Thursday, April 23, 2009

Diplomatic Status

In my opinion, Greek, Indian, Thai, and other ethnic restaurants based in the United Kingdom shouldn't be allowed to get away with calling themselves such. For a start, invariably, their owners hold British passports. Secondly, unless the food has actually been air-freighted in, it remains essentially English, albeit tarted up with exotic ingredients. Therefore, more properly, these places should advertise themselves as Greek style and Indian style eateries.

A possible way round this, however, is to give them diplomatic status. Then a Greek restaurant could indeed be accurately described as such, because it really would be Greek territory, subject to the usual border regulations and immigration controls. Likewise all the others.

Some problems might, of course, arise from this. For example, where two adjoining restaurants - Greek and Turkish, for instance - shared a common parking area or a back yard, territorial disputes could ensue, possibly leading to wars. And if they got out of hand, the wars could quickly spread from the restaurants to the countries themselves. Or a Persian restaurant might try to develop nuclear or biological weapons capability. As we know, punitive sanctions are rarely effective in these cases. Consequently, it would be necessary to bomb the offending restaurant back to the Stone Age, regardless of any potential collateral damage to its “human shield” diners.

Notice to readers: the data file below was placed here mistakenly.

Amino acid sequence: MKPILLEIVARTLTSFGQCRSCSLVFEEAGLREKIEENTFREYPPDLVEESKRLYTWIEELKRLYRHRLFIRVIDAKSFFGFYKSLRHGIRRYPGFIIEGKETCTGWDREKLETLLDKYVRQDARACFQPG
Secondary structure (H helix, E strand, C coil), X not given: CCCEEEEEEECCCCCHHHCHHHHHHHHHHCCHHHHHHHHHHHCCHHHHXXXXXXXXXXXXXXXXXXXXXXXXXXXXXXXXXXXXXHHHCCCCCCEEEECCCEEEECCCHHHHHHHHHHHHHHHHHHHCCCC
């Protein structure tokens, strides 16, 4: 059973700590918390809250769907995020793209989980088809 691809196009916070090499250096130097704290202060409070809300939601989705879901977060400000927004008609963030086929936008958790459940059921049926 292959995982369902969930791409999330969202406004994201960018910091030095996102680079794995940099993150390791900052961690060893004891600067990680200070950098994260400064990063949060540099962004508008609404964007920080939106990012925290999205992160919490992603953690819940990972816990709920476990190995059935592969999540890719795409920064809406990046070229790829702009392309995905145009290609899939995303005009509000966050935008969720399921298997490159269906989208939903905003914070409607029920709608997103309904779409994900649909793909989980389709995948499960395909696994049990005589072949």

On the plus side, though, existing embassies and legations would probably feel obliged to upgrade themselves to restaurant status in solidarity. Which could only be a good thing. At the moment, if I ring up the Chinese ambassador in London and ask for two spring rolls and Peking duck with pancakes, he rarely obliges. But as a culinary diplomatic entity, he'd be forced to, if only to ensure international goodwill. And I'd get the meal in a specially insulated diplomatic bag.

1 comment:

Anonymous said...

I'll set up a Tibetan eatery. You can come in and trash it. I first eat a Momo in late '98 or early '99 when I was (cont pg 400)...